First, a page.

THE LIVING WORLD
Unit Six. Animal Life
Few subjects pervade our everyday thinking more than sex; few urges are more insistent. They are no accident, these strong feelings. They are a natural part of being human. All animals share them. The cry of a cat in heat, insects chirping outside the windows, frogs croaking in swamps, wolves howling in a frozen northern scene—all these are the sounds of the living world’s essential act, an urgent desire to reproduce that has been patterned by a long history of evolution. It is a pattern that all of us share. The reproduction of our families spontaneously elicits in us a sense of rightness and fulfillment. It is difficult not to return the smile of a new infant, not to feel warmed by it and by the look of wonder and delight to be seen on the faces of parents like this nursing mother. This chapter deals with sex and reproduction among the vertebrates, of which we human beings are one kind. Few subjects are of more direct concern to students than sex. Because many students must make important decisions about sex, the subject is of far more than academic interest, and is one about which all students need to be well informed.
31.1. Asexual and Sexual Reproduction
Not all reproduction involves two parents. Asexual reproduction, in which the offspring are genetically identical to one parent, is the primary means of reproduction among protists, cnidari- ans, and tunicates, and also occurs in some more complex animals.
Through mitosis, genetically identical cells are produced from a single parent cell. This permits asexual reproduction to occur in the Euglena in figure 31.1 by division of the organism, or fission. The DNA replicates and cell structures, such as the flagellum, duplicate. The nucleus divides with identical nuclei going to each daughter cell. Cnidaria commonly reproduce by budding, where a part of the parent’s body becomes separated from the rest and differentiates into a new individual. The new individual may become an independent animal or may remain attached to the parent, forming a colony.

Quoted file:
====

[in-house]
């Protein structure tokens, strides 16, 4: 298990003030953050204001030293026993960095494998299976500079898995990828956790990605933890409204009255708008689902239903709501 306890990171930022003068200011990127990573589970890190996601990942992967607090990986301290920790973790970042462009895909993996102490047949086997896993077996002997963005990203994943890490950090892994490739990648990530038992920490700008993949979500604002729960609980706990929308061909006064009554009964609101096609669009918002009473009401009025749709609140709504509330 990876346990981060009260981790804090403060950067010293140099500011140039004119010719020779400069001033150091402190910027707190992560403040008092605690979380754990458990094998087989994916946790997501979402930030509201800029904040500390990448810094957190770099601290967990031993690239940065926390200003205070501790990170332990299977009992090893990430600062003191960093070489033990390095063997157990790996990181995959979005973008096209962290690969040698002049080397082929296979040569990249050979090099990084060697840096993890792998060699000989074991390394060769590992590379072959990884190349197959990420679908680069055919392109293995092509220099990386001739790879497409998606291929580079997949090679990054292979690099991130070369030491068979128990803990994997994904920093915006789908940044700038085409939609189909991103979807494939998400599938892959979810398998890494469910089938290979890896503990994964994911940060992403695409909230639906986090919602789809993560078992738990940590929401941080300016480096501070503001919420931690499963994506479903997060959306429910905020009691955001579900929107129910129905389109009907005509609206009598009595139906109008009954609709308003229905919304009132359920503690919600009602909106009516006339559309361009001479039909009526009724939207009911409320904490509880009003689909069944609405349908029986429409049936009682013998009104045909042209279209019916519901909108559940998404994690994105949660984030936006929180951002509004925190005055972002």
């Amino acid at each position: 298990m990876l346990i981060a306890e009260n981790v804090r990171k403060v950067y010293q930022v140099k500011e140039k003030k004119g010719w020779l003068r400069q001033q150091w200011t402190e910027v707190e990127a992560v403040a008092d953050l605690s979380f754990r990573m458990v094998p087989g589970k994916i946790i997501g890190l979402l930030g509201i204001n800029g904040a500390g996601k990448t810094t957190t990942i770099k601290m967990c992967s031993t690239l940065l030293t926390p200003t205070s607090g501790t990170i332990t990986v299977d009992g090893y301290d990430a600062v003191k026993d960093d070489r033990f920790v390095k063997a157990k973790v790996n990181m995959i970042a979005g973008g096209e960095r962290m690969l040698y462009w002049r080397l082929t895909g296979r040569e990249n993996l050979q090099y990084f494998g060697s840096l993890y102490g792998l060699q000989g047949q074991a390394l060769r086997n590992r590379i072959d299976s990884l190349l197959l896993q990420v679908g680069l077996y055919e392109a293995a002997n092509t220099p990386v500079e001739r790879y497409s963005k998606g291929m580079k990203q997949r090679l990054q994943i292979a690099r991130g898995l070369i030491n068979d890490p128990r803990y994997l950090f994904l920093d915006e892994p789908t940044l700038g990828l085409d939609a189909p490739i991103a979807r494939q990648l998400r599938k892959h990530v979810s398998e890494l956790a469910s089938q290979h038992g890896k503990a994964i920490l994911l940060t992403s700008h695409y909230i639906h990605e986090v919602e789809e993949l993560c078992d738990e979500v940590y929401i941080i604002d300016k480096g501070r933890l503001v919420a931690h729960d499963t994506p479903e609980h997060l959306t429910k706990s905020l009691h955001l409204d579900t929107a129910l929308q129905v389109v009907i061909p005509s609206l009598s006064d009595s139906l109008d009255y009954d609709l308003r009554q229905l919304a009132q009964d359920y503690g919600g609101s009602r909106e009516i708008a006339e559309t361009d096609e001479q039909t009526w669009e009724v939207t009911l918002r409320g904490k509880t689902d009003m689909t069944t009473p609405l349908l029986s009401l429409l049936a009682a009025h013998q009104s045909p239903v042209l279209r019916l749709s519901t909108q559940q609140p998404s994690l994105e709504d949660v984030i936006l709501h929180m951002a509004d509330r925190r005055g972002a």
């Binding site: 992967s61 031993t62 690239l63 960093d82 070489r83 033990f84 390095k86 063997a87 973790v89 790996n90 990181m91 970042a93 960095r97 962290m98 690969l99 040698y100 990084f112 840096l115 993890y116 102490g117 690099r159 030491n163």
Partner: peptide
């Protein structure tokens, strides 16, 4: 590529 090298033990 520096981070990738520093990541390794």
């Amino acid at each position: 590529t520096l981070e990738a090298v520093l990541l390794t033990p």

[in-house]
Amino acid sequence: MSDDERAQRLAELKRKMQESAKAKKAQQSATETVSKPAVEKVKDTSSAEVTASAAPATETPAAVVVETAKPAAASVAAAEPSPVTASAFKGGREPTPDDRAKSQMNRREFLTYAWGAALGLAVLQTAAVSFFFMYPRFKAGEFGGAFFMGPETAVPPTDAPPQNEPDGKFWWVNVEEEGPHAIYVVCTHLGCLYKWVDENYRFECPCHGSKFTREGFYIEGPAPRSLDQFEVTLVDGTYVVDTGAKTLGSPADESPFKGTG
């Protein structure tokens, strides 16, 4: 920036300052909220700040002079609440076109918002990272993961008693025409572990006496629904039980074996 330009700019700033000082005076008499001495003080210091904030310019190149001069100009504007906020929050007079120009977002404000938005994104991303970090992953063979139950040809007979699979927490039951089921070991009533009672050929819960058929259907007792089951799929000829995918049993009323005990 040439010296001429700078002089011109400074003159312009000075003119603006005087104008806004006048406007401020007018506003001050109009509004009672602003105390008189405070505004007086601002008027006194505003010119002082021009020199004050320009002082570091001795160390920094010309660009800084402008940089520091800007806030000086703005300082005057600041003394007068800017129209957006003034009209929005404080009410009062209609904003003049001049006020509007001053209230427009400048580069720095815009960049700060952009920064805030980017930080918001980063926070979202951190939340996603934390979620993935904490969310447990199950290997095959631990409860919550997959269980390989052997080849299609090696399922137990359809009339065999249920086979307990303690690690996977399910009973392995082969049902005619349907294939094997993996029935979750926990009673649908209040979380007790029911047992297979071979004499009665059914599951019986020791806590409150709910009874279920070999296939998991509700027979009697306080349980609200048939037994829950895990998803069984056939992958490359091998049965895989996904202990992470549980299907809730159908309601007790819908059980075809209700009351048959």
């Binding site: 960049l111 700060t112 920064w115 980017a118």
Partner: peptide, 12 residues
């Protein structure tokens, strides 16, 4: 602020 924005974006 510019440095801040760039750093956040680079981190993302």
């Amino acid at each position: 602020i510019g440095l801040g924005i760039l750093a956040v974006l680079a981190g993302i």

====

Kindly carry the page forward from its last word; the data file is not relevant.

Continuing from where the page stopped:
Unlike asexual reproduction, sexual reproduction occurs when a new individual is formed by the union of two cells. These cells are called gametes, and the two kinds that combine are generally called sperm and eggs (or ova). The union of a sperm and an egg produces a fertilized egg, or zygote, that develops by mitotic division into a new multicellular organism. The zygote and the cells it forms by mitosis are diploid; they contain both members of each homologous pair of chromosomes. The gametes, formed by meiosis in the sex organs, or gonads—the testes and ovaries—are haploid (see chapter 9). The processes of spermatogenesis (sperm formation) and oogenesis (egg formation) are described in later sections.
Figure 31.1. Asexual reproduction in protists.
The protist Euglena reproduces asexually: A mature individual divides by fission, and two complete individuals result.
Parthenogenesis, a type of reproduction in which offspring are produced from unfertilized eggs, is common in many species of arthropods. Some species are exclusively parthenogenic, whereas others switch between sexual reproduction and parthenogenesis in different generations. In honeybees, for example, a queen bee mates only once and stores the sperm. She then can control the release of sperm. If no sperm are released, the eggs develop parthenogenetically into drones, which are males; if sperm are allowed to fertilize the eggs, the fertilized eggs develop into other queens or worker bees, which are female.
The Russian biologist Ilya Darevsky reported in 1958 one of the first cases of unusual modes of reproduction among vertebrates. He observed that some populations of small lizards of the genus Lacerta were exclusively female, and he suggested that these lizards could lay eggs that were viable even if they were not fertilized. In other words, they were capable of asexual reproduction in the absence of sperm, a type of parthenogenesis. Further work has shown that parthenogenesis occurs among populations of other lizard genera.